Updated: 09 December 2007
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pbmtextps - render text into a PBM image using a postscript interpreter


pbmtextps [-font fontname] [-fontsize fontsize] [-resolution resolution] [-stroke strokesize] text


This program is part of Netpbm.

pbmtextps takes a single line of text from the command line and renders it into a PBM image. The image is of a single line of text; newline characters in the input have no effect.

The image is cropped at the top and the right. It is not cropped at the left or bottom so that the text begins at the same position relative to the origin. You can use pnmcrop to crop it all the way.

See pbmtext for a more sophisticated generator of text, but using less common font formats. pbmtext can generate multiple lines of text.

The -plain common option has no effect before Netpbm 10.42 (March 2008). The output is always raw PBM.


By default, pbmtextps uses TimesRoman.

You can specify the font to use with the -font option. This is the name of any valid postscript font which is installed on your system.

Size of font in points. See the -resolution option for information on how to interpret this size.

Default is 24 points.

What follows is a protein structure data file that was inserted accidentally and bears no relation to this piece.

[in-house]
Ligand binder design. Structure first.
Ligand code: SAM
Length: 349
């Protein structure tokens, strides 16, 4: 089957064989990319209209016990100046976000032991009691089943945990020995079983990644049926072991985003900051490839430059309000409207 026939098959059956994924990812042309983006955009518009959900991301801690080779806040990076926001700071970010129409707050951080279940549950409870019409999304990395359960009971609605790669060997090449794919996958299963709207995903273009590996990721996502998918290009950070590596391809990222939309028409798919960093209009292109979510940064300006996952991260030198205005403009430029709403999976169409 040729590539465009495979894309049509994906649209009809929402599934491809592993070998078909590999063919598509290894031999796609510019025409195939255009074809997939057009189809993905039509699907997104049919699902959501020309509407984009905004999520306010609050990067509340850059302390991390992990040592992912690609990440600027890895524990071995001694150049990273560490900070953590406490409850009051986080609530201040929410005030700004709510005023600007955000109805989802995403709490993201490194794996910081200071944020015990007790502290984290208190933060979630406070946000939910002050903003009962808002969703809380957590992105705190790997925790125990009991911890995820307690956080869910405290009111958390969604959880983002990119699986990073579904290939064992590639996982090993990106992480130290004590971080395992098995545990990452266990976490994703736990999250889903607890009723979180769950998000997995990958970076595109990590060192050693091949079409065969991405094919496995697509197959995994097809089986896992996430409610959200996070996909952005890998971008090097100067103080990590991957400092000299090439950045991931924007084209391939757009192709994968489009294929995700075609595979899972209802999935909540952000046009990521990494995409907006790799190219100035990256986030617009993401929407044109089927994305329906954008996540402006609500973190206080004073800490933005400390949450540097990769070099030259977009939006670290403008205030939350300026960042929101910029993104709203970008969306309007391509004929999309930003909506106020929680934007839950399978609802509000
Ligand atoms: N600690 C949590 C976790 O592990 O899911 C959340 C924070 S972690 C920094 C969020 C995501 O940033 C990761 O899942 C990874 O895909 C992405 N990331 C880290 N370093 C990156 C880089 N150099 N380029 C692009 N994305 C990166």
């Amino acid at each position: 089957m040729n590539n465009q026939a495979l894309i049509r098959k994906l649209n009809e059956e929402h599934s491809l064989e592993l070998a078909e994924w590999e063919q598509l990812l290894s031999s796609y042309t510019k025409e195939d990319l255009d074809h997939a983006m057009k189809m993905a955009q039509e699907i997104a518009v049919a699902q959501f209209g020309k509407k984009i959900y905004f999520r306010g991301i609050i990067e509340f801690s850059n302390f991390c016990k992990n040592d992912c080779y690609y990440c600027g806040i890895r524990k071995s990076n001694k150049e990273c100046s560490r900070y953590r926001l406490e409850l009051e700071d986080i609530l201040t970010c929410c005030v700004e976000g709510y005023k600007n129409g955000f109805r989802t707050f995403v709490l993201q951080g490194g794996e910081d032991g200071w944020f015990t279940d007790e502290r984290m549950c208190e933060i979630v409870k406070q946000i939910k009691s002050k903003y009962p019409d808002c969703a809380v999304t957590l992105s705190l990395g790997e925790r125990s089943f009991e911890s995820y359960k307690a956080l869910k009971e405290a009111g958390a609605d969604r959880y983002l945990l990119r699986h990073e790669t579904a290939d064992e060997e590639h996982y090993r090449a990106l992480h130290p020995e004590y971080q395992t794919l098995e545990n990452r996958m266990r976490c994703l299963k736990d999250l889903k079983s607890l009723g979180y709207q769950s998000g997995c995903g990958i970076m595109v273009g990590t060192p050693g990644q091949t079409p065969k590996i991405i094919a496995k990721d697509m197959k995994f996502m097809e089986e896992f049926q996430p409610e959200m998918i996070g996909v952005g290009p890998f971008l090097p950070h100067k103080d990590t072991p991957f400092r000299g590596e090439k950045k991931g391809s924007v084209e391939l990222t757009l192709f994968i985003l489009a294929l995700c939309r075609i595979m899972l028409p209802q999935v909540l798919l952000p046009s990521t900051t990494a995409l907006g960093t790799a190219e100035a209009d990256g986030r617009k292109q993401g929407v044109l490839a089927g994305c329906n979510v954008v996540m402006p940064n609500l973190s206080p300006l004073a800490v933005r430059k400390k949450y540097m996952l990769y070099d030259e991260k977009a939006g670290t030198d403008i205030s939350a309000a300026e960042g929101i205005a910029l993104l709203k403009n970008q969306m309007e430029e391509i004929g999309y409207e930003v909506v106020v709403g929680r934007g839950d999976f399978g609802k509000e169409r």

Resolution in dots per inch of distance measurements pertaining to generation of the image. PBM images don't have any inherent resolution, so a distance such as "1 inch" doesn't mean anything unless you separately specify what resolution you're talking about. That's what this option does.

In particular, the meaning of the font size is determined by this resolution. If the font size is 24 points and the resolution is 150 dpi, then the font size is 50 pixels.

Default is 150 dpi.

Width of line to use for stroke font. There is no default stroke width because the characters are solid by default.


You can generate antialiased text by using a larger resolution than the default and scaling the image down using pamscale.

See the manual for the similar pbmtext for more advice on usage.


pbmtextps was added to Netpbm in Release 10.0 (June 2002).


pbmtext, pamcut, pnmcrop, pamcomp, ppmchange, pnmrotate, pamscale, ppmlabel, pbm


Copyright (C) 2002 by James McCann

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